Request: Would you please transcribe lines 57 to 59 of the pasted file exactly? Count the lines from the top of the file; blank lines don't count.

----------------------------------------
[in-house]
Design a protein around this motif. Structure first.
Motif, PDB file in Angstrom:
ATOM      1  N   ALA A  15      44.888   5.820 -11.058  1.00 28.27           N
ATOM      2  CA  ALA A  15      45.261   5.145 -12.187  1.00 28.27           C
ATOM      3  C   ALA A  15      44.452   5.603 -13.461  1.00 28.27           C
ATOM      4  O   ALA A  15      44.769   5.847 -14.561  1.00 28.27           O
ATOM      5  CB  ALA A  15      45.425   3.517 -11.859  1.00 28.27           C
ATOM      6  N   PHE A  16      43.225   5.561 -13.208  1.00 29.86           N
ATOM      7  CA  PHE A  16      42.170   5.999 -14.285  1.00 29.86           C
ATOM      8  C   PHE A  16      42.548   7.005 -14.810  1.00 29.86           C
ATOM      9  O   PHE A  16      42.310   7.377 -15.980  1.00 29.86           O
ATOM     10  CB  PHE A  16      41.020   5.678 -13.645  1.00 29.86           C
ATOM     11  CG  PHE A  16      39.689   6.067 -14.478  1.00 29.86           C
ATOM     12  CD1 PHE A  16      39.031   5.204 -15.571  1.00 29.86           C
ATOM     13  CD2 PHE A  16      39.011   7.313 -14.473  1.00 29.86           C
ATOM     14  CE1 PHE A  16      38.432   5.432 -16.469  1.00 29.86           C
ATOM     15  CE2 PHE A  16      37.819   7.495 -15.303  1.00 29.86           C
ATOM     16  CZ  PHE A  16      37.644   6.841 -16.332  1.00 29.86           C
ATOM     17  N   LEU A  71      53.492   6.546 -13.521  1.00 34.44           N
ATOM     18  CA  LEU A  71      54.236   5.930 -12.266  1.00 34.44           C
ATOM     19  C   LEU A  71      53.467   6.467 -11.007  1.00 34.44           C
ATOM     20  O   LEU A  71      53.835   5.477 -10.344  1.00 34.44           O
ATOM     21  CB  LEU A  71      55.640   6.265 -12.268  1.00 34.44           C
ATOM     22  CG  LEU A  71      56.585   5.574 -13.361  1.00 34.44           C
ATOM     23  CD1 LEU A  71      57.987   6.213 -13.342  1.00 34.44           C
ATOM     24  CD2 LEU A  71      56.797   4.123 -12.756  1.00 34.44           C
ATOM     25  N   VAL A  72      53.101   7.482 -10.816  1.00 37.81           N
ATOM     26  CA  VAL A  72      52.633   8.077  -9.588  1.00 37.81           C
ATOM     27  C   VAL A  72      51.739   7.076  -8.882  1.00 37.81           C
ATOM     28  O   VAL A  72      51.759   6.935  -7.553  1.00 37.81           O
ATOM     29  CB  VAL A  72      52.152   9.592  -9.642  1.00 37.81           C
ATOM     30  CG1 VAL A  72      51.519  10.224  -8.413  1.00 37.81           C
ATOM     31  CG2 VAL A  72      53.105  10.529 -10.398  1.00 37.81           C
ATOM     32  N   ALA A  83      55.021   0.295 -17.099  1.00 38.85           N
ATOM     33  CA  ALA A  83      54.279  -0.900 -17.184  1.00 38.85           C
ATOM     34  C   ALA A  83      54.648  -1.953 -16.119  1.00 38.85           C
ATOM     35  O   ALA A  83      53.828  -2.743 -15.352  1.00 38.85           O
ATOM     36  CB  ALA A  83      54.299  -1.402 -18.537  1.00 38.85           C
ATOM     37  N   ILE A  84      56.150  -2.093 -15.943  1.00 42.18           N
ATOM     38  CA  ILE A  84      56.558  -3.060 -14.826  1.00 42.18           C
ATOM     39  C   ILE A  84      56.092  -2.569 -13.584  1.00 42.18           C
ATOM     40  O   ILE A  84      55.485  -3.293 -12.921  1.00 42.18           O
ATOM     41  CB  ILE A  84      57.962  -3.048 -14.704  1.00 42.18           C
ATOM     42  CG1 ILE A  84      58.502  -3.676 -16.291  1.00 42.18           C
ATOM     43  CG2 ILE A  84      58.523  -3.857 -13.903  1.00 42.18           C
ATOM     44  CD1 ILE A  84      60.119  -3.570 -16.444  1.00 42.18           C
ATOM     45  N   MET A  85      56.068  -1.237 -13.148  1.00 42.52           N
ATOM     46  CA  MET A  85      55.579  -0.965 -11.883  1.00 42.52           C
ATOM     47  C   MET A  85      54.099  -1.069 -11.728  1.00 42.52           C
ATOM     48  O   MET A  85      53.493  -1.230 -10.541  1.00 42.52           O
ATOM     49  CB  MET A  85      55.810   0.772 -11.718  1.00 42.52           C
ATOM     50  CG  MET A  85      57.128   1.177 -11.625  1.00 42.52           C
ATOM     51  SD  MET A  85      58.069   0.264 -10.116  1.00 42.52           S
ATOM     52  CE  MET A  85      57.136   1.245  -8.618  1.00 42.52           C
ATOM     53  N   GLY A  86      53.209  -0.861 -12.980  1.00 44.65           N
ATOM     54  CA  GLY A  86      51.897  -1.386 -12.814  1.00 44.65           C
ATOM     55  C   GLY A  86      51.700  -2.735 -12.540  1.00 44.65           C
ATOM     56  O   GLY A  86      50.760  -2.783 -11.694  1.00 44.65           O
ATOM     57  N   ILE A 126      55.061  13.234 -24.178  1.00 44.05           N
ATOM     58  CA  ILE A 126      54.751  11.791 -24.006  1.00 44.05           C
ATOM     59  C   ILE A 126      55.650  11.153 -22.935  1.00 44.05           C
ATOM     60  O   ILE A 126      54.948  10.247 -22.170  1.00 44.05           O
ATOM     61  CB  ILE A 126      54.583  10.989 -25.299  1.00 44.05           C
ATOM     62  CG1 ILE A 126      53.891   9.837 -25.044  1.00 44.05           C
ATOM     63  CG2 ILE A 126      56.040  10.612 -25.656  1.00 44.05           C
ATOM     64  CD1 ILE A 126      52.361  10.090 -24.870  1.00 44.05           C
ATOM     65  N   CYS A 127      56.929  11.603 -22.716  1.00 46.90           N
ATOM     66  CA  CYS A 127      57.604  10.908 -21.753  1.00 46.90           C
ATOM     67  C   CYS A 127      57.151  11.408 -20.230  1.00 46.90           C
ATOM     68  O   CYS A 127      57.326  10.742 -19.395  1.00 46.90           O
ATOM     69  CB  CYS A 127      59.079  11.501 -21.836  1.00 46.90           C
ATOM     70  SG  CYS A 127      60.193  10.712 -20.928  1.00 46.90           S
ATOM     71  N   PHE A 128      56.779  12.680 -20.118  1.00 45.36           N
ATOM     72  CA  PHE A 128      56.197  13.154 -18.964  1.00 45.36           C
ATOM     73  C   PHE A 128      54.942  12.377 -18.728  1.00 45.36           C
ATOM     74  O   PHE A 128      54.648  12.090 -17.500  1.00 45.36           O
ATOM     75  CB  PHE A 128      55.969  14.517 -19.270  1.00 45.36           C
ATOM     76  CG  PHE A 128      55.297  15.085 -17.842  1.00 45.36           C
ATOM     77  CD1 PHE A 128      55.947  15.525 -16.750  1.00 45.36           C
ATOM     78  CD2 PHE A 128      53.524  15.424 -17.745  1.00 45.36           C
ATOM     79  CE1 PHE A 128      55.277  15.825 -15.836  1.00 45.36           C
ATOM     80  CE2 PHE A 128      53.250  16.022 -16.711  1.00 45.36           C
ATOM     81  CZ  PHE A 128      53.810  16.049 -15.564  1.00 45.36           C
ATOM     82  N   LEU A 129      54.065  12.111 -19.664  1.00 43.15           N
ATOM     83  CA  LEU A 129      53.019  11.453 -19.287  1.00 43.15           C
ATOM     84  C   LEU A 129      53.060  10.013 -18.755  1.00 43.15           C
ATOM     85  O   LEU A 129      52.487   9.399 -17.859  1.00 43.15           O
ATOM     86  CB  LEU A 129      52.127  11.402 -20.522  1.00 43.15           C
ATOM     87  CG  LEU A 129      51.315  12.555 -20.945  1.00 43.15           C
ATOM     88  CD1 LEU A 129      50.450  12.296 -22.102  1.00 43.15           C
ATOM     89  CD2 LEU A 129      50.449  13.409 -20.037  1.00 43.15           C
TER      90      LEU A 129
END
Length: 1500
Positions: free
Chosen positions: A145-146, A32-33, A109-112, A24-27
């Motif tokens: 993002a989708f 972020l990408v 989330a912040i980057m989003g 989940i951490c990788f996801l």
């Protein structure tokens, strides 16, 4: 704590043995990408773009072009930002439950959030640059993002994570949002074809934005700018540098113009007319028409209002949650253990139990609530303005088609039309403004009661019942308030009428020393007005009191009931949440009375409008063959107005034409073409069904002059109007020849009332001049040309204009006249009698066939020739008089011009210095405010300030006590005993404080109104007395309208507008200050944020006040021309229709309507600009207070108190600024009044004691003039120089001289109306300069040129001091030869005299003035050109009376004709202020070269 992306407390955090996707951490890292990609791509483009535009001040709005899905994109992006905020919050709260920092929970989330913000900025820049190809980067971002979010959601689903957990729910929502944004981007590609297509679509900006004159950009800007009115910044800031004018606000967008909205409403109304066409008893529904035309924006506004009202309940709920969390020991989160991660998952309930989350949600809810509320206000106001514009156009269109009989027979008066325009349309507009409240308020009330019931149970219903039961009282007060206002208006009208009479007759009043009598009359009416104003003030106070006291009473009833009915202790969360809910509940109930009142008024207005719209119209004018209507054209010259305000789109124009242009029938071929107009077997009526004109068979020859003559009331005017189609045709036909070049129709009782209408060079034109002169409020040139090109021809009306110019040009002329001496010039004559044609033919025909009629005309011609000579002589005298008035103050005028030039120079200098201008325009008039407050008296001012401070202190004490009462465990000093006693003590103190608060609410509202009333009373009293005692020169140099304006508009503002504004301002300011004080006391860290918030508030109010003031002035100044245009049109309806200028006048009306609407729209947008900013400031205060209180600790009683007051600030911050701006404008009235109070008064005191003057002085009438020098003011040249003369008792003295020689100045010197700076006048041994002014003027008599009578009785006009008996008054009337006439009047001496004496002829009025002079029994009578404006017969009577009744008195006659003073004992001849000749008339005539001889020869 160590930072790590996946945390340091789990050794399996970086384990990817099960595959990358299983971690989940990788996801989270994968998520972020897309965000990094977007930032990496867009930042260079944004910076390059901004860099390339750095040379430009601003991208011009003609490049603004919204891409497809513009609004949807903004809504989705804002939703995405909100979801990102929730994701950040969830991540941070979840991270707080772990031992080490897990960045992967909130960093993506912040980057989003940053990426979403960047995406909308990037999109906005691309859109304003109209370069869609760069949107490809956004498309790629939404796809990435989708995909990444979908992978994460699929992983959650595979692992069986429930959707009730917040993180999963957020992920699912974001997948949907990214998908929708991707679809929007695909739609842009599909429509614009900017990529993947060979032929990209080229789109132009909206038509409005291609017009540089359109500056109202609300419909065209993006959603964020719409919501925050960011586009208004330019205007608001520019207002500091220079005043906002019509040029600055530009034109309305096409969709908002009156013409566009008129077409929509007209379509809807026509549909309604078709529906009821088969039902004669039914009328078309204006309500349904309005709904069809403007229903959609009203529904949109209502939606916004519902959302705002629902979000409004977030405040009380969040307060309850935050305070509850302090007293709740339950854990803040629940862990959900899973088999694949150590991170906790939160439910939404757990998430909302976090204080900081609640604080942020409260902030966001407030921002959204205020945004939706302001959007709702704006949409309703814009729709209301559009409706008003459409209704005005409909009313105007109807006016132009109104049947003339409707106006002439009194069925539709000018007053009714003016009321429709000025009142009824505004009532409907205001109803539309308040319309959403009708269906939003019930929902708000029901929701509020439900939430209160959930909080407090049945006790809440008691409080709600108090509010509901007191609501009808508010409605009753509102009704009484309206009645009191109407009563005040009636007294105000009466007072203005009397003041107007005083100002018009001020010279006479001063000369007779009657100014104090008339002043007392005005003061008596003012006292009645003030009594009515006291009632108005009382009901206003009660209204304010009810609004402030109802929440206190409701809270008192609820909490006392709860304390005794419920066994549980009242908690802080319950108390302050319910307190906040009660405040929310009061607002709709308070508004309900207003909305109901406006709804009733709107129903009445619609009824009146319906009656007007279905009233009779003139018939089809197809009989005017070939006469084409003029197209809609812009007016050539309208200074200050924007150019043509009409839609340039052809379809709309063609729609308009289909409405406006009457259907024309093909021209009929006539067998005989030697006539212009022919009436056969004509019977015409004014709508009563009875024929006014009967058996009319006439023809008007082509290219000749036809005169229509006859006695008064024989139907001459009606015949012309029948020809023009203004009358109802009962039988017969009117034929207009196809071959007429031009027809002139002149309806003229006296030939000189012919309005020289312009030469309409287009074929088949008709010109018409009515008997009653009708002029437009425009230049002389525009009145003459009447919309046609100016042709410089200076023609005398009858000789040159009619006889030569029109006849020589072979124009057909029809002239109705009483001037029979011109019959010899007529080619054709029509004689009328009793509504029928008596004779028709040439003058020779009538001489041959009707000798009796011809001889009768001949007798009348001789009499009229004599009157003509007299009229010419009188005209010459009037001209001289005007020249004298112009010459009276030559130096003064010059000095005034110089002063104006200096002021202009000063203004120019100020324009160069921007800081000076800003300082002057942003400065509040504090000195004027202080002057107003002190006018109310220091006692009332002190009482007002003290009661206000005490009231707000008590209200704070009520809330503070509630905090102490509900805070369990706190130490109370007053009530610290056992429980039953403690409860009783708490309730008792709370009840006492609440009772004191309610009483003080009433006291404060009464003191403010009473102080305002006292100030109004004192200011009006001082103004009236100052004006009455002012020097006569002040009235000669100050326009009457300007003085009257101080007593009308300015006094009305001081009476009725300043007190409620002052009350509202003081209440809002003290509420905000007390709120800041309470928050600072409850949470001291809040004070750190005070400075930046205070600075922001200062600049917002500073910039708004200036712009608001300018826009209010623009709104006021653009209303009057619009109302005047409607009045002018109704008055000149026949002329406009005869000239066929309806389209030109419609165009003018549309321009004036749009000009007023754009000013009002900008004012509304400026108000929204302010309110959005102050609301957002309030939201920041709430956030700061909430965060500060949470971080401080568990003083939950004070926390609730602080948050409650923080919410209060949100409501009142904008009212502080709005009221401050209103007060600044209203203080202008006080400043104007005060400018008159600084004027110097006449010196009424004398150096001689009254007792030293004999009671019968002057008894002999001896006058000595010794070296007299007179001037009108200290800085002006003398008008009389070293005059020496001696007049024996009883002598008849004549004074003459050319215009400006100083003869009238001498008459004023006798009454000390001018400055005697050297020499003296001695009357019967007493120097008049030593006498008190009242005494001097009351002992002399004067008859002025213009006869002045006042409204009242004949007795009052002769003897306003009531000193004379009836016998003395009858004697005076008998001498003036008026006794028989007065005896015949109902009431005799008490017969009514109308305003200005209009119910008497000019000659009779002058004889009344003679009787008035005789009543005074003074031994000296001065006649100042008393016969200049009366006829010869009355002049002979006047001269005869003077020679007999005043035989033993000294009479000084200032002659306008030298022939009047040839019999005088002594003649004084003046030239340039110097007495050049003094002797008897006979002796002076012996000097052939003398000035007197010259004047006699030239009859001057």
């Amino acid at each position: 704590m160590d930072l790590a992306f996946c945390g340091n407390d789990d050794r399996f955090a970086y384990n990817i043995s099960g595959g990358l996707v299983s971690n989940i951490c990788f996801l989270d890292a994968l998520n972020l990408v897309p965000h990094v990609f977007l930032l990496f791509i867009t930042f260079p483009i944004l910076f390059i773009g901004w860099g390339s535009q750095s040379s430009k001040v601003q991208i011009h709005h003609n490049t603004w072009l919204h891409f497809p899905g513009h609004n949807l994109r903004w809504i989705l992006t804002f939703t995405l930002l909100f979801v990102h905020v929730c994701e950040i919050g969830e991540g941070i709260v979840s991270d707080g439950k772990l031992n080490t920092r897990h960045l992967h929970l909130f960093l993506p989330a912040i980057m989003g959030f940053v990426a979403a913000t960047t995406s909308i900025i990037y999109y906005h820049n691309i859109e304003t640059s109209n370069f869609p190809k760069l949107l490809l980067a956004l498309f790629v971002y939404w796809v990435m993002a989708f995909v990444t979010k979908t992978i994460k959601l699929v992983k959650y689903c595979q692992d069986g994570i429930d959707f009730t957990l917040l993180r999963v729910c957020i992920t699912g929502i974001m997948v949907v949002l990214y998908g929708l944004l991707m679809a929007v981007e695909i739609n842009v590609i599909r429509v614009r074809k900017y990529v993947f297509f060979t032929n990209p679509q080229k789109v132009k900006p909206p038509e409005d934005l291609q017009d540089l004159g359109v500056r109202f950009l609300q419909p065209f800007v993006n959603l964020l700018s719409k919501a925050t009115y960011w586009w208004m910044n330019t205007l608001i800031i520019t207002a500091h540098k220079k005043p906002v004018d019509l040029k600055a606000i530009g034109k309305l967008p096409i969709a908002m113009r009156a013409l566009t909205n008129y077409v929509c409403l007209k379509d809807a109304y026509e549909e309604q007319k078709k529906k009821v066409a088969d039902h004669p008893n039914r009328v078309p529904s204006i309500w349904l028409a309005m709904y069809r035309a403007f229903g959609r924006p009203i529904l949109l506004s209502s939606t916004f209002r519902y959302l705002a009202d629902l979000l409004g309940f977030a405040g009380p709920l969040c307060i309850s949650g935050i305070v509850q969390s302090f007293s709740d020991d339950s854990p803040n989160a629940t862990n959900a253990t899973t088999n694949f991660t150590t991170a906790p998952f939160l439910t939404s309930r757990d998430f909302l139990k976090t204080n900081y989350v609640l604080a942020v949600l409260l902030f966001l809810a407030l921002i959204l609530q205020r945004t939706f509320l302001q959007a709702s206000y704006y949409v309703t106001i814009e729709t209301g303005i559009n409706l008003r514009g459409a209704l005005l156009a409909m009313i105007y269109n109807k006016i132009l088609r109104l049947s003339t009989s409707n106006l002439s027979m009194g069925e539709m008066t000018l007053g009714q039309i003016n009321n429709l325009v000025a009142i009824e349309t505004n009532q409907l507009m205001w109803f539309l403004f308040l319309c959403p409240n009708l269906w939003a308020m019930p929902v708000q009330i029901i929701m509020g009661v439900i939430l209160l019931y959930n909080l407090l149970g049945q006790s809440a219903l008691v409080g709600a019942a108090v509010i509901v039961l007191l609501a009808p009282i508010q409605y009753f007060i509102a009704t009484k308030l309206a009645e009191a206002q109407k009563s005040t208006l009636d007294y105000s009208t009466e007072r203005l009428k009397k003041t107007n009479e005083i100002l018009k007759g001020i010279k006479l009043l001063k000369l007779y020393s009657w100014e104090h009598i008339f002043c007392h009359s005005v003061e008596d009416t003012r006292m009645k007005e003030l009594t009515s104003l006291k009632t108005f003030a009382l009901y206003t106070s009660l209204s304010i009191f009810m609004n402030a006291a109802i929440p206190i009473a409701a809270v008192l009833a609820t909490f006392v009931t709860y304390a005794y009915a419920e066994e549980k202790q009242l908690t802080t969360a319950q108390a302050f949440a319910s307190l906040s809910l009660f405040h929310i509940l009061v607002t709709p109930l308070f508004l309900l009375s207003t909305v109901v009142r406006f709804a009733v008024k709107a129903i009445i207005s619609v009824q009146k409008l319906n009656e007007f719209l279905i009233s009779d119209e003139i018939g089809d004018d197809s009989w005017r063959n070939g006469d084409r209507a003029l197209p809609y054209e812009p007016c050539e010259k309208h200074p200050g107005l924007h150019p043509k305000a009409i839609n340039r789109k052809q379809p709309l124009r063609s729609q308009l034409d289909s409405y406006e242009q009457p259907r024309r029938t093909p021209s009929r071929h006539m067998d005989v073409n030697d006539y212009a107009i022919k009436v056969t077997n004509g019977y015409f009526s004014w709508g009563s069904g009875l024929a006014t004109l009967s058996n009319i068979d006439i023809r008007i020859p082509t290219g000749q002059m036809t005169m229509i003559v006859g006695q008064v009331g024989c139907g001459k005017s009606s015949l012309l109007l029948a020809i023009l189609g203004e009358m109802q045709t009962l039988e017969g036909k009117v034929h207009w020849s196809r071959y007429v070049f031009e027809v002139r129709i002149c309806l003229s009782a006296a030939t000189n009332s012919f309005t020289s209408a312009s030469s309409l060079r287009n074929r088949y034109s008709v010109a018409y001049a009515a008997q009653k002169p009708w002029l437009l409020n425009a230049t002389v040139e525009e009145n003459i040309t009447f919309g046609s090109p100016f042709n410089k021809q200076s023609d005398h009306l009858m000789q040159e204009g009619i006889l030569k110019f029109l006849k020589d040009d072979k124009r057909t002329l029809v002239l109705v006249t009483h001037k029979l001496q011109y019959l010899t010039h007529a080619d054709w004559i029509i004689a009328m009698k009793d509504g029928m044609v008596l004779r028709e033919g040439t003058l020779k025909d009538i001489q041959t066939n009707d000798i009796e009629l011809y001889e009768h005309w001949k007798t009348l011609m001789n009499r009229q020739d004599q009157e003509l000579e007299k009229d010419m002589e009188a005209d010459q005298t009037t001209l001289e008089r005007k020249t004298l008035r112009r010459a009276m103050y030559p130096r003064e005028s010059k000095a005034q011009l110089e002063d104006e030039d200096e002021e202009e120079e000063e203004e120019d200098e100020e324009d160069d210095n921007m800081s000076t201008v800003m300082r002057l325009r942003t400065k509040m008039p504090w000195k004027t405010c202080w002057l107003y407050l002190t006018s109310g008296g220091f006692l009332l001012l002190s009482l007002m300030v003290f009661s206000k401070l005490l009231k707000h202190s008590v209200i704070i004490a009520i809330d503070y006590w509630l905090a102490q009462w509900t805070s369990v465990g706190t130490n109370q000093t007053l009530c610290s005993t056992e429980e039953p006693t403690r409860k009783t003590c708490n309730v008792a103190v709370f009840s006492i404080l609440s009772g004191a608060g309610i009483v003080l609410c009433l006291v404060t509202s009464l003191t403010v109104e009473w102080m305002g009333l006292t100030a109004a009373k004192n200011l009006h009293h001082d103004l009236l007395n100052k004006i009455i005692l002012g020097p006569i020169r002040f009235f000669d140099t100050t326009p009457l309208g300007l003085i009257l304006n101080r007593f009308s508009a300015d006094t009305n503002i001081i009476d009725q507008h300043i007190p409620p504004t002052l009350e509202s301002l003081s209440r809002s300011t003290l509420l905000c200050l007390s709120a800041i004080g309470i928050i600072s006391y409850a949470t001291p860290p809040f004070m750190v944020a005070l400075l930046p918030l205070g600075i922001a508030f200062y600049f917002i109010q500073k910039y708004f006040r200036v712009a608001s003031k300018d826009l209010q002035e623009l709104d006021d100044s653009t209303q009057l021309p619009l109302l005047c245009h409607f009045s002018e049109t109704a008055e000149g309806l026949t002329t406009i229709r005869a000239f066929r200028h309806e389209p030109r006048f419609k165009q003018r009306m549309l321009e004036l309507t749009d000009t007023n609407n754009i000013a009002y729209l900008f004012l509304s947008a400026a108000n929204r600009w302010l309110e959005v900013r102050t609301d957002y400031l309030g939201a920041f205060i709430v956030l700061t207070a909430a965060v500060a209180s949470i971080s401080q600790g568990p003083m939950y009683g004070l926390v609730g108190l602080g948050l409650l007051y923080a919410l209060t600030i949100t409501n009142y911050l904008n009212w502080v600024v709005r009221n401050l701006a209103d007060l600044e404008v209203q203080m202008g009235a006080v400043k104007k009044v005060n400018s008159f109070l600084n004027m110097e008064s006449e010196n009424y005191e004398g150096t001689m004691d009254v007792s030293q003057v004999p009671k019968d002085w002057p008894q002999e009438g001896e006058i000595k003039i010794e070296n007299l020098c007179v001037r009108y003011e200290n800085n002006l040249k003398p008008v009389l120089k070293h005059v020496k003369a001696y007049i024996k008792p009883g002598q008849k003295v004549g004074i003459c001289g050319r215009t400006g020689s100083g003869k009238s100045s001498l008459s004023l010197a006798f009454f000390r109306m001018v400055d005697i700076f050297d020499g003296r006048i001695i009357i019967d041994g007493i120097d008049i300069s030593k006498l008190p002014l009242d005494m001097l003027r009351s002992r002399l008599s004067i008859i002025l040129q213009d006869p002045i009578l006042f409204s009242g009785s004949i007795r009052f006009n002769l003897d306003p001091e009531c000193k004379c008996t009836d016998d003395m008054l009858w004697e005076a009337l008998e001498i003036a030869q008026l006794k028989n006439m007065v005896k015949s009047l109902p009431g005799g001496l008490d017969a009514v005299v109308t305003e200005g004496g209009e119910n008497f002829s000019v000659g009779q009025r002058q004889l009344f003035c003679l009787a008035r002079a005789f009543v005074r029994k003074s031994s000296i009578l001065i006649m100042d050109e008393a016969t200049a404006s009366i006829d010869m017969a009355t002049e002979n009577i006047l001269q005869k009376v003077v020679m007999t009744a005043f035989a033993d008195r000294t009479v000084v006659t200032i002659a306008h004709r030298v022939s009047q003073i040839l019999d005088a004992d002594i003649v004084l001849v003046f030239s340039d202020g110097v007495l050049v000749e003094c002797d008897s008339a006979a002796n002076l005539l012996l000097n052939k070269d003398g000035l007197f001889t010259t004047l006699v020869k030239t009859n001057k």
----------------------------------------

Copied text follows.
ATOM     54  CA  GLY A  86      51.897  -1.386 -12.814  1.00 44.65           C
ATOM     55  C   GLY A  86      51.700  -2.735 -12.540  1.00 44.65           C
ATOM     56  O   GLY A  86      50.760  -2.783 -11.694  1.00 44.65           O